"We here at Telonics have discovered a clear division between those who have used perhaps a Hilton and some other ‘lowboy’ pedal that was designated as such, or was called a “standard-height” pedal (over 2” tall). We found that the majority of ‘lowboy’ users were typically wearers of cowboy boots while they used a volume pedal! The heels on those boots are much higher than on regular shoes. So lowering the back of the pedal and re-positioning the pedal’s angular travel compensated for that heel, thereby setting the foot angle at a more comfortable level for them. So, we designed the pedal to accommodate those users, as well as other pedal-users who prefer the standard height volume pedal. Accommodating both users meant offering a pedal that has two axle positions in the treadle. In the last couple of hundred pedals, it has been about a 50-50 split between the two axle-placement preferences. If a buyer of a lowboy has a problem with the pedal, we ask that they return it to the factory so we can change the axle for them. They MUST NOT change it themselves, since the pedal’s electronics requires calibration to match the particular axle placement."

A Second Basic Truth: I would say that if you have used one or the other elevation of volume pedals and are happy with it, you will likely want to obtain a Telonics pedal similar in axle-positioning as you have been using. As previously stated, there is no difference in the price of either model.

Guarantee: Like everything I sell, I guarantee satisfaction. If you decide within 10 days that you don't like something, you can return it. I'll replace it or refund your money. I guarantee the workmanship in the Telonics pedal for a year. Knowing the Telonics folks, they will probably fix a pedal for free if it is well beyond that time period. In fact, they originally thought of offering a lifetime guarantee on it, because it is totally electronic. But, they backed off on that, which I felt was the right thing to do, because nothing lasts forever! So far, the only issue has been the axle placement that Dave just explained. Dave did add that if you place a stomp-box effect unit between the pedal and your guitar, this will alter the output tone of the pedal because of how that effect device will likely change your guitar's sound when that sound arrives at the pedal. However, if the effect device is placed between the pedal and your amp, there is no tone change in the pedal's electronic output if the effect device has true by-pass in its circuitry when in its “off” mode. Obviously, any effect device will change your tone when turned on, which is what you wanted the device to do anyway!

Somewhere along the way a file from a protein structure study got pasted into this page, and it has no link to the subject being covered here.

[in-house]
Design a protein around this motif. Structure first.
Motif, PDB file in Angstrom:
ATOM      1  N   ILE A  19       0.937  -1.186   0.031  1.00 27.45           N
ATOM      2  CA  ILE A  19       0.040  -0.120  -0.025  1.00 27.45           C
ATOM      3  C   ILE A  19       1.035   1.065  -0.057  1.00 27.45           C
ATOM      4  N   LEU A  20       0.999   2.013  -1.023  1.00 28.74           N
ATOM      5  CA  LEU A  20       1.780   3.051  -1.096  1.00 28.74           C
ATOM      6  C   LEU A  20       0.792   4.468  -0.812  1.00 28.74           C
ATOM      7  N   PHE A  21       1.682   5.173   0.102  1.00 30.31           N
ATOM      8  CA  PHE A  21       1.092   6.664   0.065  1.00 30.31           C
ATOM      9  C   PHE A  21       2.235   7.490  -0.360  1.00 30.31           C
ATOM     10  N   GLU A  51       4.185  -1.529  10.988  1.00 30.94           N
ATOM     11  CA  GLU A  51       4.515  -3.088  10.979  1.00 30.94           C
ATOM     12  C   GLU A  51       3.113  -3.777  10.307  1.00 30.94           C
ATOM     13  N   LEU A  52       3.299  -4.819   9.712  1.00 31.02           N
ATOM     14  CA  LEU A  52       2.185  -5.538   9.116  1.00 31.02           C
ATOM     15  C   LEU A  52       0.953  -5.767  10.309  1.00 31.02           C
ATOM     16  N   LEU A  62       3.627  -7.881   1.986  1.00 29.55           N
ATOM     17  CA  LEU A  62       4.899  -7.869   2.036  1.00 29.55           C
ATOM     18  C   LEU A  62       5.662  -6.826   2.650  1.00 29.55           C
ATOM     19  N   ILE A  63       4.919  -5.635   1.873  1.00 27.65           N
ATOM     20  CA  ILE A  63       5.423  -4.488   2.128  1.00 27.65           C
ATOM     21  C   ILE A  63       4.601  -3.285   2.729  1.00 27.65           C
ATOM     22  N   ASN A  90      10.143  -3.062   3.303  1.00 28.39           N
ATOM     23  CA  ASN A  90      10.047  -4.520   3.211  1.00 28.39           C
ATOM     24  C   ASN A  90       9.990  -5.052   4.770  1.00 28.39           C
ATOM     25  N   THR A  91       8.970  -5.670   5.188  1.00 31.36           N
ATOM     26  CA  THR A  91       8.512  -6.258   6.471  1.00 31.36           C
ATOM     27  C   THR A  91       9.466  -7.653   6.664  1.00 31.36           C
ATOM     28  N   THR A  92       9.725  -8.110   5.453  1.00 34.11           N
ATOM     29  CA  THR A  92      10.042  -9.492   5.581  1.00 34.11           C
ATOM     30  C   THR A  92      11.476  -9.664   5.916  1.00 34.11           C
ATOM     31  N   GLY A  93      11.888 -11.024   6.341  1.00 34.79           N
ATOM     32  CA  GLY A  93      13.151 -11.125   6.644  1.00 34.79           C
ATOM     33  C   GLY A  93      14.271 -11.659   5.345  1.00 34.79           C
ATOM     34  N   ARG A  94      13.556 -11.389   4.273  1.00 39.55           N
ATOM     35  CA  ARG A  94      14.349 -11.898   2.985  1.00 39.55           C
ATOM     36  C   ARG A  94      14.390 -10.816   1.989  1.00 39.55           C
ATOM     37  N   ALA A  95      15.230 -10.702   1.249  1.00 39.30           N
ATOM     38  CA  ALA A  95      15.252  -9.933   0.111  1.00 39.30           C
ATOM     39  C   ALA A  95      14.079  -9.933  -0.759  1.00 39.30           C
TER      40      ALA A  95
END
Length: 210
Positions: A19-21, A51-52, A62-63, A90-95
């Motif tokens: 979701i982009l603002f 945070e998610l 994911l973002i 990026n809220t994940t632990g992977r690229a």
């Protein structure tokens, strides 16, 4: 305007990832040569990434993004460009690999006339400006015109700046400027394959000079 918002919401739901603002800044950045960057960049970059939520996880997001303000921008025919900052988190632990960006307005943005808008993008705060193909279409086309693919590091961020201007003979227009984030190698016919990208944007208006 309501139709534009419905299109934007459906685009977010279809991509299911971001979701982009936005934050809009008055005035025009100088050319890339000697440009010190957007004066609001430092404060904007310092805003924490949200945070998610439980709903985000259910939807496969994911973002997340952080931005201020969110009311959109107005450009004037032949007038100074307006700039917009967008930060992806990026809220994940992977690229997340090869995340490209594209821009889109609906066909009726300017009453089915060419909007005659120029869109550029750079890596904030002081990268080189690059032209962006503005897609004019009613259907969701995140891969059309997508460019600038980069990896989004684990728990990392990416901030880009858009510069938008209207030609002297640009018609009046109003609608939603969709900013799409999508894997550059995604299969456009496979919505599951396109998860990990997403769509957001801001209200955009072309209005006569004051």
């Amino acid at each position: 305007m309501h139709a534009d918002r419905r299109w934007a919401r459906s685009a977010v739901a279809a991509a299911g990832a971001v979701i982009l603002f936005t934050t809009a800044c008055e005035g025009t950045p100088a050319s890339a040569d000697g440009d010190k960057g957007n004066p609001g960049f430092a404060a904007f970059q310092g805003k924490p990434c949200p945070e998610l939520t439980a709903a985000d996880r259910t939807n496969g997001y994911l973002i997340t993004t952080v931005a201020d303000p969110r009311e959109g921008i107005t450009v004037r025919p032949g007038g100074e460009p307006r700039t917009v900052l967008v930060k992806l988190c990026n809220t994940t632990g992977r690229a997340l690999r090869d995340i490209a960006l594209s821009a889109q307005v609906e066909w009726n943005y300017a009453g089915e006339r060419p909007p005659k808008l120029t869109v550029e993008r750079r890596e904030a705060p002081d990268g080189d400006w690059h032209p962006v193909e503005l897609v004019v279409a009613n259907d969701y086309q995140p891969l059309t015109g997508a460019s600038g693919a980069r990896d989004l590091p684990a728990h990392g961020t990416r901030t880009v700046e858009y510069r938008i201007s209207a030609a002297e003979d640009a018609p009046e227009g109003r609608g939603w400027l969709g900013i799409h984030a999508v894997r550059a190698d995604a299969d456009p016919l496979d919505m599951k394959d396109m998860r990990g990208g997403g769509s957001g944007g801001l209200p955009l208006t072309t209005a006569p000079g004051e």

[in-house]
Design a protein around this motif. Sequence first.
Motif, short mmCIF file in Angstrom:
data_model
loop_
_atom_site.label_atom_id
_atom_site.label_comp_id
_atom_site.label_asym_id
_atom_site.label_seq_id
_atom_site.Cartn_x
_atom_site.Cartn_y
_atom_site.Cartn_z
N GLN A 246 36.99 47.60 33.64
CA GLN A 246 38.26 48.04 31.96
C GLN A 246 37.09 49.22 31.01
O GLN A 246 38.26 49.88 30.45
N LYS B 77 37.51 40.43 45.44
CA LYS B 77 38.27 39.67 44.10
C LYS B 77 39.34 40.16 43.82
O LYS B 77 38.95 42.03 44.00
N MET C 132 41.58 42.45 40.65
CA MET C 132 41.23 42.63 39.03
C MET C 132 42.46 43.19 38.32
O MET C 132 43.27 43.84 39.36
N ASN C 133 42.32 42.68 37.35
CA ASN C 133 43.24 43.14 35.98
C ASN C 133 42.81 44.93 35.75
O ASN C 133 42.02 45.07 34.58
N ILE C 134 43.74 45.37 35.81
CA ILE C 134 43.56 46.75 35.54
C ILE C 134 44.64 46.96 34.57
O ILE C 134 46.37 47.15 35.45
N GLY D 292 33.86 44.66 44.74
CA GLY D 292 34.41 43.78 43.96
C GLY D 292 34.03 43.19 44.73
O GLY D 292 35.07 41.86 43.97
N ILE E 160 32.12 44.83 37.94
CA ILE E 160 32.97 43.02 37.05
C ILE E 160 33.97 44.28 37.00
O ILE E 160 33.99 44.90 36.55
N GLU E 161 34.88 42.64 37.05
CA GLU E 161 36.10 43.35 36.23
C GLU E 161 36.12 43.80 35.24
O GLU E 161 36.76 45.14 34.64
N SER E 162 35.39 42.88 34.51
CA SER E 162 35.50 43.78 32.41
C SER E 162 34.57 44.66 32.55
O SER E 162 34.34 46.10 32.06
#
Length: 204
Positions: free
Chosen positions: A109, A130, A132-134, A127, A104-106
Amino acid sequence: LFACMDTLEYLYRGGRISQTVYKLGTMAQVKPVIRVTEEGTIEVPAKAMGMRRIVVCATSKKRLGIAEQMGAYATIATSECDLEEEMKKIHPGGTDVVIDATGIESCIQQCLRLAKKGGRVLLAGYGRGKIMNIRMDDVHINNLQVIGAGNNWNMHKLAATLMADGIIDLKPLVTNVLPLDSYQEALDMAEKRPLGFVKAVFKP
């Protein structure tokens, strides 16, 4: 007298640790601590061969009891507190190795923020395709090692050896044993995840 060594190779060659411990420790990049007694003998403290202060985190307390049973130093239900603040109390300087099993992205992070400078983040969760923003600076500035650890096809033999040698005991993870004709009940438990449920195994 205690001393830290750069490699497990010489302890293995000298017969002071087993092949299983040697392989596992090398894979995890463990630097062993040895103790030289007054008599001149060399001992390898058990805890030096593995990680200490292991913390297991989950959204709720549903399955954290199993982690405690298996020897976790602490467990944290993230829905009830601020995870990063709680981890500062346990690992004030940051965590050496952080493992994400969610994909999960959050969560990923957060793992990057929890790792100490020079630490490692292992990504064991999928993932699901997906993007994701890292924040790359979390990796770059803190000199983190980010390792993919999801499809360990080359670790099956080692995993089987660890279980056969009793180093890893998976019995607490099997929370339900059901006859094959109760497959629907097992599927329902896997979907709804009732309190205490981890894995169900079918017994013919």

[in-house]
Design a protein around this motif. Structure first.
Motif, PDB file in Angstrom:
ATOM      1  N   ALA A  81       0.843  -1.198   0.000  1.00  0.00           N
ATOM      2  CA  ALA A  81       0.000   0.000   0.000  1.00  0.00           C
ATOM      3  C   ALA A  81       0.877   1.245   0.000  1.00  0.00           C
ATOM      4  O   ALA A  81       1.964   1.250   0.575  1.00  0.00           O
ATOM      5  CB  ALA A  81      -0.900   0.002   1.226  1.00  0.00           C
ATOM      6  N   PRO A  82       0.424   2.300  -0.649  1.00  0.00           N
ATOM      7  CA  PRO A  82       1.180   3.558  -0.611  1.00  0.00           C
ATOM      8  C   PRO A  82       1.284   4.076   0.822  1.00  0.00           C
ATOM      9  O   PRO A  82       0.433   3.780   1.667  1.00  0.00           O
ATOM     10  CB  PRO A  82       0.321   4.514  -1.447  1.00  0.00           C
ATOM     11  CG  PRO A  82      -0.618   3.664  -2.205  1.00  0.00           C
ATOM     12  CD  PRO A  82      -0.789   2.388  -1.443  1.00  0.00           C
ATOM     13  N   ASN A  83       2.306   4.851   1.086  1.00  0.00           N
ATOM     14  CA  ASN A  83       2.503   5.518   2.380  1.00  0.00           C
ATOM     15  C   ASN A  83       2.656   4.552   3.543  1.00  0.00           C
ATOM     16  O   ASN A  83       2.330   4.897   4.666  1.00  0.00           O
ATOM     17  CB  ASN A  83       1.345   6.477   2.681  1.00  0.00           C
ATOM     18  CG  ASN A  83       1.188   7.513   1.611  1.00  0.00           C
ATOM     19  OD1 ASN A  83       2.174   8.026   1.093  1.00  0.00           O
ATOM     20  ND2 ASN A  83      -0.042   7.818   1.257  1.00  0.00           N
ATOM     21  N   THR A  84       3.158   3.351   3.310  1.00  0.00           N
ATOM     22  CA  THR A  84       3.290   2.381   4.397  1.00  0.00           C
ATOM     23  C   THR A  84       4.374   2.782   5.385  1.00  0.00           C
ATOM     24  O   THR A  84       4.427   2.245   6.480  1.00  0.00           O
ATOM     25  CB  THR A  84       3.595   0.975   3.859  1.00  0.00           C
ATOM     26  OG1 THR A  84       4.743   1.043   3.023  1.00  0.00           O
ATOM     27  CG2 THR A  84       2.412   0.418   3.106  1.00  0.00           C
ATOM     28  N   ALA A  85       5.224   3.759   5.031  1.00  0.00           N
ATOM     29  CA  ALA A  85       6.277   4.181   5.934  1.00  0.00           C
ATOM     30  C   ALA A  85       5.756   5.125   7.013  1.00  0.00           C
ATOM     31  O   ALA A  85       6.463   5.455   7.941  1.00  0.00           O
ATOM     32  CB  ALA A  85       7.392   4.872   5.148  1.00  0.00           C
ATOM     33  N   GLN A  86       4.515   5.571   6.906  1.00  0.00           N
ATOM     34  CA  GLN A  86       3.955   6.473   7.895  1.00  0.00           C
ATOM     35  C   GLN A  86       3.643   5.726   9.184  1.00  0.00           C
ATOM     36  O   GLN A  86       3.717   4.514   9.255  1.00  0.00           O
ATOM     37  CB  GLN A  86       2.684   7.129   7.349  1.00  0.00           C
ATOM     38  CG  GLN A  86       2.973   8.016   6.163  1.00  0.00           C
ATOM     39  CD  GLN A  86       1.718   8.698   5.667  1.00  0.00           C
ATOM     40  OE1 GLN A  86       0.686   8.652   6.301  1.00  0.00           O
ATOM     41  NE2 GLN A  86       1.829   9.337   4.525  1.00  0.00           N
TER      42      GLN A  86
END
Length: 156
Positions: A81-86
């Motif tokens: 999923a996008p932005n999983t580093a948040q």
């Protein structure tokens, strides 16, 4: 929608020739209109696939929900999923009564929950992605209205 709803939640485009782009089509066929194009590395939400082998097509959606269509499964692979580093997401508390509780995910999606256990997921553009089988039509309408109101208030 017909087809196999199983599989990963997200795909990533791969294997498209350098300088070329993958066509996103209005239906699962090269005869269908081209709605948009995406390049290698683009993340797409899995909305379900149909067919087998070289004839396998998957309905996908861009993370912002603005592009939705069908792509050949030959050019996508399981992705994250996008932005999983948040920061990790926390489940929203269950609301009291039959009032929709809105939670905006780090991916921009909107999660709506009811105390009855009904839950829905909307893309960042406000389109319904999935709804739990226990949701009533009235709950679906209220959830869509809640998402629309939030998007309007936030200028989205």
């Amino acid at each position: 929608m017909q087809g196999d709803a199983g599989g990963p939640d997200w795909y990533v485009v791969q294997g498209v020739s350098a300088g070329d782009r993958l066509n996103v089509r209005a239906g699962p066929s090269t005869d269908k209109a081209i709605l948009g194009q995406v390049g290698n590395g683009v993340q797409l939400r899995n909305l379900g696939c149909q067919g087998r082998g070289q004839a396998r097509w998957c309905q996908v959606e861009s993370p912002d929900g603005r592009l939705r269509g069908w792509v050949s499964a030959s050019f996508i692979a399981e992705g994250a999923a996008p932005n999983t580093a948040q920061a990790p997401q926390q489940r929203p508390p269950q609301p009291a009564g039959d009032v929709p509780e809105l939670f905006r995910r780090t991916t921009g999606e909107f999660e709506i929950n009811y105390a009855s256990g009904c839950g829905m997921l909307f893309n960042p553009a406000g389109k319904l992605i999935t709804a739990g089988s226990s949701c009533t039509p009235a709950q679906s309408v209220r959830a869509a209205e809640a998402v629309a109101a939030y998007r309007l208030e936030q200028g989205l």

Attachment Bracket? The Telonics pedal can be mounted to a pedal steel’s pedal bar with the appropriate attachment bracket. Please check out my fully adjustable volume pedal attachment bracket. …Tom

An Unsolicited Testimonial
"Tom, I would like to give you some preliminary feedback on the Telonics pedal. It is a fine piece of electronics, sounds really good, totally silent, and I really like its nice low profile and action. I have not played with the taper settings yet, but I think it is set on the Emmons setting right now (4), and I like that a lot. I'll play around with the taper options as I get into it and see what I like best. I love having the ability to customize it as I go forward. You are going to think I am silly, but my favorite (and unexpected) feature of the pedal is the pedal-board light that doubles as a power indicator and diagnostic system ‘evaluator’. That feature is brilliant and pure genius. It makes a big difference to me, as I still sometimes want to ‘look’ at my guitar’s pedals when playing C6. Each time I do, I think, ‘That really looks cool, like one of those neon-equipped low-rider cars. …WOW!'"
-- Kristin Meisling, Palo Alto, CA